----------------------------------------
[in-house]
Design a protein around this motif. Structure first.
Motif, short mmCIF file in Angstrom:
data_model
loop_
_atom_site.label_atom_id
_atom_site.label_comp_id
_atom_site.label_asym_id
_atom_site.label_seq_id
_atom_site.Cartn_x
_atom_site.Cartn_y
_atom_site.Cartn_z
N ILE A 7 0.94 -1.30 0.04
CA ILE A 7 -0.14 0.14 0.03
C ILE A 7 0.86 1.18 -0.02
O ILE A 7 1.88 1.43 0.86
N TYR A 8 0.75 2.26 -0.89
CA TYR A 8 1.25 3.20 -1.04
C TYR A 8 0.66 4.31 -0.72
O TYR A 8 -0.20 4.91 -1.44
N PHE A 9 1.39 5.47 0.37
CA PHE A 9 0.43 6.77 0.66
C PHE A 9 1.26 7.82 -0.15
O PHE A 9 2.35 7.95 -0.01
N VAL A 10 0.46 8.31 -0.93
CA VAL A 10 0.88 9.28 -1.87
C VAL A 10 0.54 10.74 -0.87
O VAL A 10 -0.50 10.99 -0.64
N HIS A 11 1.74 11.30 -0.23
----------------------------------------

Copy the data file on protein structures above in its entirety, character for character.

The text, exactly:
[in-house]
Design a protein around this motif. Structure first.
Motif, short mmCIF file in Angstrom:
data_model
loop_
_atom_site.label_atom_id
_atom_site.label_comp_id
_atom_site.label_asym_id
_atom_site.label_seq_id
_atom_site.Cartn_x
_atom_site.Cartn_y
_atom_site.Cartn_z
N ILE A 7 0.94 -1.30 0.04
CA ILE A 7 -0.14 0.14 0.03
C ILE A 7 0.86 1.18 -0.02
O ILE A 7 1.88 1.43 0.86
N TYR A 8 0.75 2.26 -0.89
CA TYR A 8 1.25 3.20 -1.04
C TYR A 8 0.66 4.31 -0.72
O TYR A 8 -0.20 4.91 -1.44
N PHE A 9 1.39 5.47 0.37
CA PHE A 9 0.43 6.77 0.66
C PHE A 9 1.26 7.82 -0.15
O PHE A 9 2.35 7.95 -0.01
N VAL A 10 0.46 8.31 -0.93
CA VAL A 10 0.88 9.28 -1.87
C VAL A 10 0.54 10.74 -0.87
O VAL A 10 -0.50 10.99 -0.64
N HIS A 11 1.74 11.30 -0.23